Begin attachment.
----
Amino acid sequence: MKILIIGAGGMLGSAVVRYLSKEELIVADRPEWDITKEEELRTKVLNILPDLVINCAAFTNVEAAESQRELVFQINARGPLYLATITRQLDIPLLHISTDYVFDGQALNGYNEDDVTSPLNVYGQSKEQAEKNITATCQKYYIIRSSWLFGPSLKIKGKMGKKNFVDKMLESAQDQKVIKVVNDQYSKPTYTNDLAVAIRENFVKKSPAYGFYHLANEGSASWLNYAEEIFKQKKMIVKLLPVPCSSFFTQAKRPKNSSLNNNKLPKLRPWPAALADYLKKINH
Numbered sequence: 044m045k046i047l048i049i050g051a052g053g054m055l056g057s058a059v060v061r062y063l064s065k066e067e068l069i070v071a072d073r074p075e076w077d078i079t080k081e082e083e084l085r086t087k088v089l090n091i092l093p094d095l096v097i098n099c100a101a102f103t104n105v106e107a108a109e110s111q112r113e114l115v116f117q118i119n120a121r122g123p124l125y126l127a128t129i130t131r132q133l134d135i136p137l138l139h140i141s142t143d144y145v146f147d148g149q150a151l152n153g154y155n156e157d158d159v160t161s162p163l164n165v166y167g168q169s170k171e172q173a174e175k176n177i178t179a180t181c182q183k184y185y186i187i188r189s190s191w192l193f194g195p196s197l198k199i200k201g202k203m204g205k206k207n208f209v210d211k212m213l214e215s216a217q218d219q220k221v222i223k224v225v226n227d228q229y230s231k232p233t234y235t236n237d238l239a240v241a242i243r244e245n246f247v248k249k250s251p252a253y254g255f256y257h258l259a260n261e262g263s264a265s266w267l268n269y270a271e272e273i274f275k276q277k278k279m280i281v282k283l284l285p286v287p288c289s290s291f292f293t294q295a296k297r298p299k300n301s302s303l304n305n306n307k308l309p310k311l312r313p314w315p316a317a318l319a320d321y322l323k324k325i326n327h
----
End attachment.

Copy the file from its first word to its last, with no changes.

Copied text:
Amino acid sequence: MKILIIGAGGMLGSAVVRYLSKEELIVADRPEWDITKEEELRTKVLNILPDLVINCAAFTNVEAAESQRELVFQINARGPLYLATITRQLDIPLLHISTDYVFDGQALNGYNEDDVTSPLNVYGQSKEQAEKNITATCQKYYIIRSSWLFGPSLKIKGKMGKKNFVDKMLESAQDQKVIKVVNDQYSKPTYTNDLAVAIRENFVKKSPAYGFYHLANEGSASWLNYAEEIFKQKKMIVKLLPVPCSSFFTQAKRPKNSSLNNNKLPKLRPWPAALADYLKKINH
Numbered sequence: 044m045k046i047l048i049i050g051a052g053g054m055l056g057s058a059v060v061r062y063l064s065k066e067e068l069i070v071a072d073r074p075e076w077d078i079t080k081e082e083e084l085r086t087k088v089l090n091i092l093p094d095l096v097i098n099c100a101a102f103t104n105v106e107a108a109e110s111q112r113e114l115v116f117q118i119n120a121r122g123p124l125y126l127a128t129i130t131r132q133l134d135i136p137l138l139h140i141s142t143d144y145v146f147d148g149q150a151l152n153g154y155n156e157d158d159v160t161s162p163l164n165v166y167g168q169s170k171e172q173a174e175k176n177i178t179a180t181c182q183k184y185y186i187i188r189s190s191w192l193f194g195p196s197l198k199i200k201g202k203m204g205k206k207n208f209v210d211k212m213l214e215s216a217q218d219q220k221v222i223k224v225v226n227d228q229y230s231k232p233t234y235t236n237d238l239a240v241a242i243r244e245n246f247v248k249k250s251p252a253y254g255f256y257h258l259a260n261e262g263s264a265s266w267l268n269y270a271e272e273i274f275k276q277k278k279m280i281v282k283l284l285p286v287p288c289s290s291f292f293t294q295a296k297r298p299k300n301s302s303l304n305n306n307k308l309p310k311l312r313p314w315p316a317a318l319a320d321y322l323k324k325i326n327h